KÀ by Cirque du Soleil at MGM Grand is an action-packed adventure story about Imperial Twins who are separated by an attack on their Far Eastern palace. Unlike other Cirque du Soleil shows in Vegas, this one has a distinguishable plot. The story is exciting, but what really captivates audiences is how it's told.Apart from a brief narrative at the beginning of the show, there is no talking in KÀ. Instead, the plot is conveyed through the performers' actions and an awe-inspiring stage that cost $200 million and took two years to build. In KÀ you see special effects from the silver screen come to life before your eyes. In addition, the show's talented cast includes: gymnasts, martial artists, aerialists, a baton twirler and a specialty act that performers a daring routine on a giant spinning wheel contraption.Just walking into the theater is an experience on its own. As soon as you enter, you are confronted with a postindustrial looking post and beam structure that lines both sides of the theater. Tribal warriors are perched on the structure. Don't be surprised if they suddenly jump out over the audience. The warriors are wearing equipment, allowing them to swing over the audience and back in a matter of seconds.The surrounding stage elements make you feel like you are a part of the set with the action taking place all around you. Throughout the show, the performers enter the stage from the audience. If you are sitting by the aisle you might even see a warrior appear at your side with a bow and arrow in hand, ready for combat.Instead of a traditional stage, the audience sits facing a seemingly bottomless void filled with smoke. The artists enter and exit from above, around and inside the void. They do almost everything, but walk from stage left to stage right like what you would see in any typical production. At KÀ the artists fly through the air or perform on two moving platforms that operate independently of each other and five stage lifts. The artists also perform on the post and beam structure that extends from the stage area over the audience.The ever-evolving performance space transforms into a floating barge, a beach, a snowy mountain and a violent sea in the midst of a storm, among other varied landscapes. The changing platforms mean that the performers and their orientation to the audience is always changing too. The show starts with a twin brother and sister at a celebration before their palace is attacked by evil warriors. While trying to escape, the twins get separated, and they are each forced to embark on an arduous journey to find one another and reclaim their palace.They travel through varied terrain and meet interesting characters who help them along the way. KÀ has all of the expected elaborate production elements of a Cirque du Soleil show, including acrobatics. In one scene, the sister lands in a tropical jungle where the inhabitants jump, flip and fly from swinging vines.While the twins are finding their way, the stage once again transforms into the lair of the evil ruler and his warriors. It is amazing to see the scene instantly change from a beautiful lush forest to a dark, ominous looking hideout.Ultimately, the Imperial twins prevail, and the show ends in a glorious celebration with music, dancing and fireworks. If you've ever dreamed of embarking on a fantastical adventure, then make sure to see KÀ on your next stay in Las Vegas.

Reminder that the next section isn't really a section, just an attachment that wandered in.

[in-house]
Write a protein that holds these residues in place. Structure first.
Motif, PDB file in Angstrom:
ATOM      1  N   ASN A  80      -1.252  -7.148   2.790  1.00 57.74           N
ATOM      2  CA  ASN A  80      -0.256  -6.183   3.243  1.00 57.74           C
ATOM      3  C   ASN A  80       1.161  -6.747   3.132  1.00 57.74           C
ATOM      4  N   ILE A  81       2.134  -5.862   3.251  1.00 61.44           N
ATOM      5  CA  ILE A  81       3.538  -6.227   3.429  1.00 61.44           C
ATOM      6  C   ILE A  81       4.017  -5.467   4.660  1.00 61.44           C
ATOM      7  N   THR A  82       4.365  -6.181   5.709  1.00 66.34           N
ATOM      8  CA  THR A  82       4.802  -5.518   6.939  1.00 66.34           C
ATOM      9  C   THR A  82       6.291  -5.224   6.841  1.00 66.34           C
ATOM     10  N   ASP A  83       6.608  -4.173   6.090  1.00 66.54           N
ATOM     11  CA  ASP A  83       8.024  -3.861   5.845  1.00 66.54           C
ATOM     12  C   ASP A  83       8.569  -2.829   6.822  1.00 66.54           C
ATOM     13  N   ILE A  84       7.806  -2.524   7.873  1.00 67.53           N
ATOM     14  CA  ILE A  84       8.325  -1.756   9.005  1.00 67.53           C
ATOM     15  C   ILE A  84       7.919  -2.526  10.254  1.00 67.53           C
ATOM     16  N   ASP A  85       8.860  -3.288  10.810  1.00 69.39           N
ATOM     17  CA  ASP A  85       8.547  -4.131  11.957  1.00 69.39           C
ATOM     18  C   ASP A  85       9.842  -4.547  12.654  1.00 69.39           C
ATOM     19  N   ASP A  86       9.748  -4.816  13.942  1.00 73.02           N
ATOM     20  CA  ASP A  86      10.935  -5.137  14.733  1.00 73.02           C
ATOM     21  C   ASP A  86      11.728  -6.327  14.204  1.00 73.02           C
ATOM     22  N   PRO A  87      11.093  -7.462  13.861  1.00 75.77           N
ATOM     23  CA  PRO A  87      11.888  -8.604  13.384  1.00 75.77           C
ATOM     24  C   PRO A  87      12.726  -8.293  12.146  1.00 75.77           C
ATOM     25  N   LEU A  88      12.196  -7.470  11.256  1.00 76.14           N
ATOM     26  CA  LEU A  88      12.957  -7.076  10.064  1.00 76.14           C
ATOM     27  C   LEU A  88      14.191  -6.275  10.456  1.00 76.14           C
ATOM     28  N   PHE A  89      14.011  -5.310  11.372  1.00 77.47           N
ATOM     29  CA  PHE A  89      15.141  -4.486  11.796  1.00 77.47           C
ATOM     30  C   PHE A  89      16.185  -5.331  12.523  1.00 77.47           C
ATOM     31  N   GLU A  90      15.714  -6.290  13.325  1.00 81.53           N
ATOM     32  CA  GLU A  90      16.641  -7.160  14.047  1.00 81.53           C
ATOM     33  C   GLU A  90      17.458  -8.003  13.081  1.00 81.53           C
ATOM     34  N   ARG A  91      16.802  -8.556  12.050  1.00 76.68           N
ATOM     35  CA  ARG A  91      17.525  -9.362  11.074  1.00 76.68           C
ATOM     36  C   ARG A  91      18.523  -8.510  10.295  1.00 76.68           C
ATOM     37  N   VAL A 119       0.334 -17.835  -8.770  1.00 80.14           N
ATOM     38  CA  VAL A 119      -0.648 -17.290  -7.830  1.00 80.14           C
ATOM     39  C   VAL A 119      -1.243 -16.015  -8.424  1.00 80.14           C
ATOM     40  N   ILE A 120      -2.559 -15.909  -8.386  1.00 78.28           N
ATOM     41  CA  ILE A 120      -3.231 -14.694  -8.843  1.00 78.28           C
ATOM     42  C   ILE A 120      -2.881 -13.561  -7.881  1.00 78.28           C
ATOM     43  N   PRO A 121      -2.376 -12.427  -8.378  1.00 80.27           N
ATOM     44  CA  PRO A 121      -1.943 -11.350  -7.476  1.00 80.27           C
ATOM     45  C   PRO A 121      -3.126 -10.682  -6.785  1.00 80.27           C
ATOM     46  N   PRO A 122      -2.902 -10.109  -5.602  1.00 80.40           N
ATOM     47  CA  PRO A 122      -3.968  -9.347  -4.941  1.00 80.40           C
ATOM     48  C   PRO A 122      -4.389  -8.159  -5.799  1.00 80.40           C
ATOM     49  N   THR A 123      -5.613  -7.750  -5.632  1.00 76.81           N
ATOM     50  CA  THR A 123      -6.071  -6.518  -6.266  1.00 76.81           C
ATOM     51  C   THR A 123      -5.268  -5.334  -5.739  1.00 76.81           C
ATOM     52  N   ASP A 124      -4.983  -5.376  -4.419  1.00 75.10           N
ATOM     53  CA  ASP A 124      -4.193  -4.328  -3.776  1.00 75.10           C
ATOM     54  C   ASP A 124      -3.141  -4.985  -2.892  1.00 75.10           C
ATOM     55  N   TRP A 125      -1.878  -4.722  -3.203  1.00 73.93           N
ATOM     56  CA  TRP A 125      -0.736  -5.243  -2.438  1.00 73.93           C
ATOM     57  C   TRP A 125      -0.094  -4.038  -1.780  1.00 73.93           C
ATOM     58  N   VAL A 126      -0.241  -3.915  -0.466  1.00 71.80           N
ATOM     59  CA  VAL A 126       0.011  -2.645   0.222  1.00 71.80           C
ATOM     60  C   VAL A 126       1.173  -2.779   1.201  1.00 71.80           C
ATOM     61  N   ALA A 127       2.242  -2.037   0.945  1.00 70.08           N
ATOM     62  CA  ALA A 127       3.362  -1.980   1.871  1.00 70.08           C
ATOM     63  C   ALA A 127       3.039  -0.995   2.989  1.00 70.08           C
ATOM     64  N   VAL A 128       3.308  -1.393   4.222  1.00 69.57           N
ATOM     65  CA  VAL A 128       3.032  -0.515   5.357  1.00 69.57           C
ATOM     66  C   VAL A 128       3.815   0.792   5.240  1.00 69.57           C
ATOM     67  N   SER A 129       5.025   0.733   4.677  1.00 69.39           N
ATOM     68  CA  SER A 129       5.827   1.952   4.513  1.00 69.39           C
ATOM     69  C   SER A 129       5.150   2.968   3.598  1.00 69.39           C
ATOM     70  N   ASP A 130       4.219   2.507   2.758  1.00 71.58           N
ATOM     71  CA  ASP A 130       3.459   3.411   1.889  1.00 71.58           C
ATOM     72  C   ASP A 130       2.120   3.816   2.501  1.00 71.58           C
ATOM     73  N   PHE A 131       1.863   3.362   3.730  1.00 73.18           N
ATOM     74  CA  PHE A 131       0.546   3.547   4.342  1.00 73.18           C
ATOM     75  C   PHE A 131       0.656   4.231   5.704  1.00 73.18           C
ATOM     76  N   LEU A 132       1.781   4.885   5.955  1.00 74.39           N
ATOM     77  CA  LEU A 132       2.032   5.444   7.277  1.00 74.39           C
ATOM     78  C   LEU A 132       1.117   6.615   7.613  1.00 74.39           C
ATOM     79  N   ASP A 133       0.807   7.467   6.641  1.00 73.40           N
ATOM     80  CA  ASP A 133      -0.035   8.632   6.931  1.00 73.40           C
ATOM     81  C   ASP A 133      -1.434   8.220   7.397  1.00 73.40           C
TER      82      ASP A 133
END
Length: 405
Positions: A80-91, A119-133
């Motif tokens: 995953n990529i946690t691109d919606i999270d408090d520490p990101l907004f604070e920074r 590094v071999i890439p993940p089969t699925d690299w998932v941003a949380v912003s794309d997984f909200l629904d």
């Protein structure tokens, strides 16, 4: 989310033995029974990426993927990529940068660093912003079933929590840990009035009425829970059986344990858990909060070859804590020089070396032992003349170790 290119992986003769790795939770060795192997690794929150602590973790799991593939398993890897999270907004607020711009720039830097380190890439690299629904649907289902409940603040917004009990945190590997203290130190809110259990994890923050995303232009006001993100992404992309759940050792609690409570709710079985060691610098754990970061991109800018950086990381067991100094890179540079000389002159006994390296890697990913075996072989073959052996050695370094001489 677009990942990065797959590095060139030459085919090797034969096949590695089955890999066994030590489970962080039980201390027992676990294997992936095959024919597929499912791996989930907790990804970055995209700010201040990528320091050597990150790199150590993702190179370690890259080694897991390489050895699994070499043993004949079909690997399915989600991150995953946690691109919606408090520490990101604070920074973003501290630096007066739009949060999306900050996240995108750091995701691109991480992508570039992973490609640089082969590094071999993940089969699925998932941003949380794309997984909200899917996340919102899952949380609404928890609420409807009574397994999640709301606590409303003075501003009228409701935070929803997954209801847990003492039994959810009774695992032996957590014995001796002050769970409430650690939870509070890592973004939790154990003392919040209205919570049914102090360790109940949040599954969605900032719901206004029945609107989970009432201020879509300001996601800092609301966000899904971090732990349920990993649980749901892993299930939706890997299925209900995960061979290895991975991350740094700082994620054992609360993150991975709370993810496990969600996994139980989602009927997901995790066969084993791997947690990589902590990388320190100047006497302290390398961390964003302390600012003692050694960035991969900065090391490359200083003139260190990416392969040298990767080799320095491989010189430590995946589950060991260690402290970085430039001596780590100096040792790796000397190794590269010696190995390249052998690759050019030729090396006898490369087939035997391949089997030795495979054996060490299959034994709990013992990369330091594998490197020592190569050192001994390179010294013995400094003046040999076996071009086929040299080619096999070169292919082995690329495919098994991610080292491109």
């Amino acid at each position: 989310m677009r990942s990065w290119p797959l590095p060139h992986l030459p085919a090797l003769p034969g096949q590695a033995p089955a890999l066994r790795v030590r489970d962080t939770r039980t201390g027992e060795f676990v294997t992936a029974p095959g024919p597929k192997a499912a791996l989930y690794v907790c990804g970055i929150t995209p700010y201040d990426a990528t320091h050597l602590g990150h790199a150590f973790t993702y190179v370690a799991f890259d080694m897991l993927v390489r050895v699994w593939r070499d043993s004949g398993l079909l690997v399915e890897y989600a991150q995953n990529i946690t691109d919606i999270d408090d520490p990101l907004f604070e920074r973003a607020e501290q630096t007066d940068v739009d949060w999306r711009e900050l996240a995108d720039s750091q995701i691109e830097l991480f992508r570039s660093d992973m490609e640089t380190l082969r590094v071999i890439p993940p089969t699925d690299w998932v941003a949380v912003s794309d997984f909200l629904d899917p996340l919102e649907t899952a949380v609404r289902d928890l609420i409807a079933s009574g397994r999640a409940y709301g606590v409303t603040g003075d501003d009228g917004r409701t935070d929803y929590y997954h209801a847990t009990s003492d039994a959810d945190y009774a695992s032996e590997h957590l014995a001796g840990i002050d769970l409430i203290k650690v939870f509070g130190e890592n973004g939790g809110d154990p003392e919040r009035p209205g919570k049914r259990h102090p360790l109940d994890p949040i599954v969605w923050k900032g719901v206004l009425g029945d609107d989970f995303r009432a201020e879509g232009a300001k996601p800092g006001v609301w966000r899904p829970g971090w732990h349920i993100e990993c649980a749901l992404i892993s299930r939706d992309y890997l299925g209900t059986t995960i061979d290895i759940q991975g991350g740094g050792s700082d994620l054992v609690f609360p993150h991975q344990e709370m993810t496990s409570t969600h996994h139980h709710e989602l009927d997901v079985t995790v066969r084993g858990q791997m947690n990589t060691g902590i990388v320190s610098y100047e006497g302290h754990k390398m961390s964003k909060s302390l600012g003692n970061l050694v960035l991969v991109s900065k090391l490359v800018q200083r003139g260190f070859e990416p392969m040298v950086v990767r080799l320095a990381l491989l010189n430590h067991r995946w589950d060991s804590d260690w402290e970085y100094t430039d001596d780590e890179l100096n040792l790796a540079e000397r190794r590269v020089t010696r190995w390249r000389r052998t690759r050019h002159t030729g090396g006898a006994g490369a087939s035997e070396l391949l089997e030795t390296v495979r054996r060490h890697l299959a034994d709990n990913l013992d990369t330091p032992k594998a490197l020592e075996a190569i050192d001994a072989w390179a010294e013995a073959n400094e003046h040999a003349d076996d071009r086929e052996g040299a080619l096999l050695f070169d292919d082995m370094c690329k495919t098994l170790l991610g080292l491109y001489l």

Overall rating